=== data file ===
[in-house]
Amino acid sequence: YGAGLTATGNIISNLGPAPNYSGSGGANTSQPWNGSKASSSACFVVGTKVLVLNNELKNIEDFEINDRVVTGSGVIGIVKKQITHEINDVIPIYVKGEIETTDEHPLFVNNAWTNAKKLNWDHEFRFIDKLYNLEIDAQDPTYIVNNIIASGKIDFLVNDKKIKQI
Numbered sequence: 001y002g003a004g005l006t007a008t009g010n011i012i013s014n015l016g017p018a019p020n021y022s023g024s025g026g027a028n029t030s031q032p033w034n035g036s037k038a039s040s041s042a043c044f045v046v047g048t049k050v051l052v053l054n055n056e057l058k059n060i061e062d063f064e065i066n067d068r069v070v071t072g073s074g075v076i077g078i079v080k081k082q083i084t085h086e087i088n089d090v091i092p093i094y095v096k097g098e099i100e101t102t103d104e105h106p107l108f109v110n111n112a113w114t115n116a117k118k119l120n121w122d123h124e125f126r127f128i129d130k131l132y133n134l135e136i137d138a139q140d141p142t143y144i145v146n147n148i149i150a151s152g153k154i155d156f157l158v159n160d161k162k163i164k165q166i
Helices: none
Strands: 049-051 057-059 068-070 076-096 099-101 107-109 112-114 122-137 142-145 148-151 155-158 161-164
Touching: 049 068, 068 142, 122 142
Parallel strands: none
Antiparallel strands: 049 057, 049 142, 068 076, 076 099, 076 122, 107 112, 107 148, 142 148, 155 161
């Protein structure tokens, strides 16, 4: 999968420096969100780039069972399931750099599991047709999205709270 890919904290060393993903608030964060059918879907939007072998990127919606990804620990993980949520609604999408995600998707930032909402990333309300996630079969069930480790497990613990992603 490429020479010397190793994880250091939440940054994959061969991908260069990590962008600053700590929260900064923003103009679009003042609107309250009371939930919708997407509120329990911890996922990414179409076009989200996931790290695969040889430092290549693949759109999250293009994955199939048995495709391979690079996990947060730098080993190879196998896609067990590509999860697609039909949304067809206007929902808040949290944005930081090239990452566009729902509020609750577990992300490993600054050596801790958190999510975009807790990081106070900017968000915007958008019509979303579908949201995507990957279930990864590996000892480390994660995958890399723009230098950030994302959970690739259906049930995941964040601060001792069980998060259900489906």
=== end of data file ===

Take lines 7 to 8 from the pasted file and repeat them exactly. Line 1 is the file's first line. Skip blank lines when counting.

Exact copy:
Parallel strands: none
Antiparallel strands: 049 057, 049 142, 068 076, 076 099, 076 122, 107 112, 107 148, 142 148, 155 161